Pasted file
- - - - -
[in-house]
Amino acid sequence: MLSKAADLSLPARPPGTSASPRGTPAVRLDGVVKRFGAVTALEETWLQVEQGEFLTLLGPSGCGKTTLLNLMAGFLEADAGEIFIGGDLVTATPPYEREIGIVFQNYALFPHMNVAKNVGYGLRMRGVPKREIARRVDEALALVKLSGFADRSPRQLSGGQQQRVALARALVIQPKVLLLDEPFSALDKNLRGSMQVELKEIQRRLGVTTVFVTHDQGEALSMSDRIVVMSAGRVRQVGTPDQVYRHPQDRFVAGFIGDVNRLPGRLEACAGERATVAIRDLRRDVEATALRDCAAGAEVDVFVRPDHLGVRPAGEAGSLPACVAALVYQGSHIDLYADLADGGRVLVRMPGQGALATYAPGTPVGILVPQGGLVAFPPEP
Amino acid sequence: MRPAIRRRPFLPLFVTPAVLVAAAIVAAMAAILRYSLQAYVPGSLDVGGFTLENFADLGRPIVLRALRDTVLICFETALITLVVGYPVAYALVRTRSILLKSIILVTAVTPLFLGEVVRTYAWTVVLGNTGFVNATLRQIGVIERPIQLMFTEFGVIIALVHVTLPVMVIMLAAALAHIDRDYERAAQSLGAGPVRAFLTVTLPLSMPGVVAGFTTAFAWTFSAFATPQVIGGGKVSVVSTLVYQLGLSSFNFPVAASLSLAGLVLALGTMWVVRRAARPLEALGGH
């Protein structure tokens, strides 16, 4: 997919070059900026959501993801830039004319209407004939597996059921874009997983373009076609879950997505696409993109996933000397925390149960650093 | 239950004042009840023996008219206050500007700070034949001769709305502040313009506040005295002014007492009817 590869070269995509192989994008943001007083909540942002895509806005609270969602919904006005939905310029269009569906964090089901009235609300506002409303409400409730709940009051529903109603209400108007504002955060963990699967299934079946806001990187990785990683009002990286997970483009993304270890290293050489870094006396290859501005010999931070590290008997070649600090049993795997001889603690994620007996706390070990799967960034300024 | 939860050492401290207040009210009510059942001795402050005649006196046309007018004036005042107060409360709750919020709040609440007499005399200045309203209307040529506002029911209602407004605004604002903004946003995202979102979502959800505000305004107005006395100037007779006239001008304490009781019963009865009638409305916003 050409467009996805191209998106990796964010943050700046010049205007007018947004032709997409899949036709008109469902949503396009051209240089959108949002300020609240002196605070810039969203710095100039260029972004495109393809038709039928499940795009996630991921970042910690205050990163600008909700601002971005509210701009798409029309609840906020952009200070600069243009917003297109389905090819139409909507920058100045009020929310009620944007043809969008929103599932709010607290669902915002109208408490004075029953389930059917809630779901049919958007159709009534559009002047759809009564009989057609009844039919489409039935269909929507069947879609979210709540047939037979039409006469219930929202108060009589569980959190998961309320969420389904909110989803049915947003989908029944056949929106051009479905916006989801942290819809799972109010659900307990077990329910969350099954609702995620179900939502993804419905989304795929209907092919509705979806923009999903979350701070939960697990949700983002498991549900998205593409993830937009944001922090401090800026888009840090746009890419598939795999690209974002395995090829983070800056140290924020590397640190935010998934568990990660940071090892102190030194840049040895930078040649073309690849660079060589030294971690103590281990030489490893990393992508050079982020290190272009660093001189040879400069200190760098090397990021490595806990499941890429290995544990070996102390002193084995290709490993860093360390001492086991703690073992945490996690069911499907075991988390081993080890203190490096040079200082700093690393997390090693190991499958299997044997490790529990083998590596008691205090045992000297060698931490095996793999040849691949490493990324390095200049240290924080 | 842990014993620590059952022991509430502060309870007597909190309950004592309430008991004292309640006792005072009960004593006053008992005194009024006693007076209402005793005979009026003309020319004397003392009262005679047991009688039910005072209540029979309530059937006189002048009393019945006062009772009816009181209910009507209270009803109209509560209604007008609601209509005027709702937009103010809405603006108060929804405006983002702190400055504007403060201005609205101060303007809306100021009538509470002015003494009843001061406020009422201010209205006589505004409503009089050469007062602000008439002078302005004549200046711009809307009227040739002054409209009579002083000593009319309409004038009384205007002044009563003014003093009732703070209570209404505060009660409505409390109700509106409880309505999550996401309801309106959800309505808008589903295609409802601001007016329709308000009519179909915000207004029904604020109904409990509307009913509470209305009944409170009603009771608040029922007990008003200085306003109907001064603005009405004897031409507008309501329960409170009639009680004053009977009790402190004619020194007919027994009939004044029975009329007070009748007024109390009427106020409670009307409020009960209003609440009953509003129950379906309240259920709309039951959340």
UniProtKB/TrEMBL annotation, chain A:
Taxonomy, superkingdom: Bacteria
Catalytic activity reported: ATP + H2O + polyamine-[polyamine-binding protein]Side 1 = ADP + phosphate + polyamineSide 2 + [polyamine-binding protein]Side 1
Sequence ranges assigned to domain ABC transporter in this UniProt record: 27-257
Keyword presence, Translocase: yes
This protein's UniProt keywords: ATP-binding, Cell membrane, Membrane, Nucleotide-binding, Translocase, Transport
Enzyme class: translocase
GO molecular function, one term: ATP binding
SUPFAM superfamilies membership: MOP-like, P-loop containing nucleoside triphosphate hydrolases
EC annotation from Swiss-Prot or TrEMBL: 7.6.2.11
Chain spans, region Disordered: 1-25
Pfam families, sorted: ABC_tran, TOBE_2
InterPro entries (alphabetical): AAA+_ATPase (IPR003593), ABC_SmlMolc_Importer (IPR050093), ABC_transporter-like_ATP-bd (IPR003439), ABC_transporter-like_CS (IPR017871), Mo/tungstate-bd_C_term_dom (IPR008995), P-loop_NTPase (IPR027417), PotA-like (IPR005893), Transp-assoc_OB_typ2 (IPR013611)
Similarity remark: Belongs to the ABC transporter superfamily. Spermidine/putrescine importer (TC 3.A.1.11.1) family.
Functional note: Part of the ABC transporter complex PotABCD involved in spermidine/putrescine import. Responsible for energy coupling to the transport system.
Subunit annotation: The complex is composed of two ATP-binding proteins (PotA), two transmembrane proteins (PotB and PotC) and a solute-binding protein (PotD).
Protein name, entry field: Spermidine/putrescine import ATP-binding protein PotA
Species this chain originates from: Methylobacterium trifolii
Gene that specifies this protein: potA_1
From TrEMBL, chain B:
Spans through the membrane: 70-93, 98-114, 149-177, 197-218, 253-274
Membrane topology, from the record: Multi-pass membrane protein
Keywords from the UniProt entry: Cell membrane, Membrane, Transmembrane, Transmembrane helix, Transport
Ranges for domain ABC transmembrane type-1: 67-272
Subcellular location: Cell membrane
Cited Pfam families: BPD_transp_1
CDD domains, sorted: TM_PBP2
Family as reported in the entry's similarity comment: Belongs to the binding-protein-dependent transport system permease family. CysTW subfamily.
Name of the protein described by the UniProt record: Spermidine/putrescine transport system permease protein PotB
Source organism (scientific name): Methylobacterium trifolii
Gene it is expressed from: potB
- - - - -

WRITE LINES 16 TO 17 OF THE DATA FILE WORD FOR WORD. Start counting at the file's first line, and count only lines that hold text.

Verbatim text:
Pfam families, sorted: ABC_tran, TOBE_2
InterPro entries (alphabetical): AAA+_ATPase (IPR003593), ABC_SmlMolc_Importer (IPR050093), ABC_transporter-like_ATP-bd (IPR003439), ABC_transporter-like_CS (IPR017871), Mo/tungstate-bd_C_term_dom (IPR008995), P-loop_NTPase (IPR027417), PotA-like (IPR005893), Transp-assoc_OB_typ2 (IPR013611)